Tuesday, May 27, 2008

Converting The US To Electric Vehicles: Priceless

A non-scientific, but clearly well thought-out back-of-envelope calculation by MIT CS professor Philip Greenspun is food for thought: the cost of replacing the entire fleet of U.S. passenger cars with electric ones would be zero.

Here are some of his numbers:

* total spent per year: $1 trillion
* percentage of oil consumed by passenger cars: 40
* total spent per year on oil for passenger cars: $400 billion [refining into gasoline, distributing, and retailing add even more to this]
* at 5 interest, how much we could we borrow and pay $400 billion every year in interest: $8 trillion
* number of registered cars in the U.S.: 250 million (Wikipedia)
* cost of a new electric car, if mass-produced: $20,000
* value of a used car, if exported to Latin America or China: $5,000
* cost to upgrade average existing American car to a brand-new electric car: $15,000
* number that could be converted for $8 trillion: more than 500 million cars (i.e., twice as many as we have now)

And then here is the money quote:

Instead of sending $400 billion each year to countries such as Saudi Arabia and Venezuela, we could spend it on electric car production in the U.S., Mexico, and China. At current oil prices, it wouldn’t cost us a dime extra to stop importing and burning oil for passenger cars. In fact, if the goal were to end up with the same number of cars on the road, we would have a few trillion dollars left over. One or two trillion dollars would be sufficient to build nuclear, solar, or wind electric power plants to replace all of our plants that currently burn coal and oil (note that less than 1 percent of current electricity generation in the U.S. is from oil).

Now THAT is what I talking about! Let's get on it people... and let's do better than just paying interest only on the bill while we are at it.

Zero Is Special

I just read a fascinating academic paper co-authored by Dan Ariely, author of new book Predicably Irrational, a book I have heard about, but have not yet read.

The paper presents results from a series of experiments into the nature of free pricing. Here is a juicy tidbit from the abstract:

When faced with a choice of selecting one of several available products (or possibly buying nothing), according to standard theoretical perspectives, people will choose the option with the highest cost–benefit difference. However, we propose that decisions about free (zero price) products differ, in that people do not simply subtract costs from benefits but instead they perceive the benefits associated with free products as higher.

Yes, you read that correctly: people can consider something free as more valuable than something that costs money. The authors describe several interesting experiments using chocolate that appear to well prove their point.

Bottom line, so to speak: I need to get this book and read it as soon as I can! Even if it does cost money... actually here are some free excerpts.

RailsConf 2008 Better Be Good

RailsConf 2008 is later this week, as if you all did not know that. Interestingly, this year it has not sold out like it did for 1.0 and 2.0. Increased capacity by O'Reilly? Or perhaps something else at work here...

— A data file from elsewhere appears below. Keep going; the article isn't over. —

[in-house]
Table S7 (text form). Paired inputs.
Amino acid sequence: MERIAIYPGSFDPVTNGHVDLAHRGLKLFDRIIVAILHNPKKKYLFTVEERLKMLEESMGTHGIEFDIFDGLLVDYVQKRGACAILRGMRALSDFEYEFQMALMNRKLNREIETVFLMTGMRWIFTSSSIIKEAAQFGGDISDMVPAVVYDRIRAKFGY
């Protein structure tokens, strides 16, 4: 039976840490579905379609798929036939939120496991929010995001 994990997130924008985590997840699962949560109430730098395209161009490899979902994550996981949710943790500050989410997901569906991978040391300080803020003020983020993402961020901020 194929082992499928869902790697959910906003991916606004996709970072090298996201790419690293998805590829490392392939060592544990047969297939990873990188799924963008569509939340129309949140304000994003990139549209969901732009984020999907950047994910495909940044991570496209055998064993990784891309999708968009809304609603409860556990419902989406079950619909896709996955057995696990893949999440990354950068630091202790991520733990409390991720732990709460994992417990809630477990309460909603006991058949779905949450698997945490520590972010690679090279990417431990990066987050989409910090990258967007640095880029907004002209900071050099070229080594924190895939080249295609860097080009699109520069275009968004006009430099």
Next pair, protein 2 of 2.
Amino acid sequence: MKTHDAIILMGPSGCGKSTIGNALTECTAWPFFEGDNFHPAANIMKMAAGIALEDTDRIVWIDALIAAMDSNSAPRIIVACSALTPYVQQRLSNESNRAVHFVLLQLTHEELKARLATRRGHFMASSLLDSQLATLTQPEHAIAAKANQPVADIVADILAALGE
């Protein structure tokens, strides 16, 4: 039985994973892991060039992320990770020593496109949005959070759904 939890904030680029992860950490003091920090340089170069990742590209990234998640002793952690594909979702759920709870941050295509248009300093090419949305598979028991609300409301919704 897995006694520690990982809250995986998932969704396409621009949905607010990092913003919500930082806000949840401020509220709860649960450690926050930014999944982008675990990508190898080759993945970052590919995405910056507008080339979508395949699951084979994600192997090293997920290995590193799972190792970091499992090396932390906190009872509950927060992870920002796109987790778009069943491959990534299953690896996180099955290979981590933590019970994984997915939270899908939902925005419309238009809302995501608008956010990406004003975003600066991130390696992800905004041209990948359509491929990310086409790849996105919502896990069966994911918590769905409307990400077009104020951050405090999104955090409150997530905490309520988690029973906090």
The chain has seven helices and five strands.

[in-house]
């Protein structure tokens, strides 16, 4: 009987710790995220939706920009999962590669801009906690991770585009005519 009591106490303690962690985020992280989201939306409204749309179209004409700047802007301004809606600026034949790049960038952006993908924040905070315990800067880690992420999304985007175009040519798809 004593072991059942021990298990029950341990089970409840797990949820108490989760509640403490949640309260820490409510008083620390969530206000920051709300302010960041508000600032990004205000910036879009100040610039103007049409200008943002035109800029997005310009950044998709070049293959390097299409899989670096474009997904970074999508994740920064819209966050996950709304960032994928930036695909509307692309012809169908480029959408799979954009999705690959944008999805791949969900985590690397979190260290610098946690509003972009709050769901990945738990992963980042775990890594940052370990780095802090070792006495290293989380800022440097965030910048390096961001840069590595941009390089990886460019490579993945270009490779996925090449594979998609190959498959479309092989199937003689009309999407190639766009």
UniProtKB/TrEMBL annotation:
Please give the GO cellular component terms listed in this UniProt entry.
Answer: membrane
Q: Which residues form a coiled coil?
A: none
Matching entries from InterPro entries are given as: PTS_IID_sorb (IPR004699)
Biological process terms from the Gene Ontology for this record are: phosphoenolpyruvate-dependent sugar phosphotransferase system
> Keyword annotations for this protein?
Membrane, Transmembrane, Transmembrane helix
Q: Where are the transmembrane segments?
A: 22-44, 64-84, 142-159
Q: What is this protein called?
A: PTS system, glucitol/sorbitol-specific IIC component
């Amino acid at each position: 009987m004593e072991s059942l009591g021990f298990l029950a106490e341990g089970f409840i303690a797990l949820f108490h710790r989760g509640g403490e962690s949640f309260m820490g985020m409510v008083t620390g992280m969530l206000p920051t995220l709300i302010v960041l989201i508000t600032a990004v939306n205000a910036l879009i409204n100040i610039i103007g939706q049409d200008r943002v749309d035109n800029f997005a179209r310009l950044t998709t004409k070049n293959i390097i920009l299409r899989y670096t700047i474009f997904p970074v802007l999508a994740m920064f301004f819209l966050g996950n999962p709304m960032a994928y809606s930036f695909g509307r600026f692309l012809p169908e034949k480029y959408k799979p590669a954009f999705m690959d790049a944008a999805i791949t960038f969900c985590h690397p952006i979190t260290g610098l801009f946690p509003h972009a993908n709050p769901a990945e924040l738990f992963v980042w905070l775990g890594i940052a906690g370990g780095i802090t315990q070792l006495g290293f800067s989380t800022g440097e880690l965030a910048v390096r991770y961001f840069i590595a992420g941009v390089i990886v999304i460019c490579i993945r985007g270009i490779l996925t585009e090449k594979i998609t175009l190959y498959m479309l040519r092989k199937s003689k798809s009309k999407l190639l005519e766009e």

If you are not aware for the cost of transport, you have been living on another planet. Just the massive increase in time required to make the pilgrimage has been substantial. Many of us have been working at home or within other time-flexible, location-unimportant arrangements for some time now. But we still gathered together unhesitatingly no matter the distance.

Two recent blog postings stood out to me. The first, from Seth Godin said it nicely:

If oil is $130 a barrel and if security adds two or three hours to a trip and if people are doing more and more business with those far afield...

and if we need to bring together more people from more places when we get together...

and if the alternatives, like video conferencing or threaded online conversations continue to get better and better, then...

I think the standard for a great meeting or a terrific conference has changed.

In other words, "I flew all the way here for this?" is going to be far more common than it used to be.

The second was simply an link from from Rails community spokesmodel Obie Fernandez to an article in the Washington Post:

But the truth is that no combination of solar, wind and nuclear power, ethanol, biodiesel, tar sands and used French-fry oil will allow us to power Wal-Mart, Disney World and the interstate highway system -- or even a fraction of these things -- in the future. We have to make other arrangements.

The public, and especially the mainstream media, misunderstands the "peak oil" story. It's not about running out of oil. It's about the instabilities that will shake the complex systems of daily life as soon as the global demand for oil exceeds the global supply.

Already, I was a little bummed out about not being able to eat a delicious Pacific salmon dinner this year. But these two postings really got me to thinking. It would be easy to expect the conference organizers to do all the work. But it is really up to us as attendees to put our hearts into it. Whether it be code drives, or Werewolf sessions, that does not really matter to me personally, although I will be attending the former.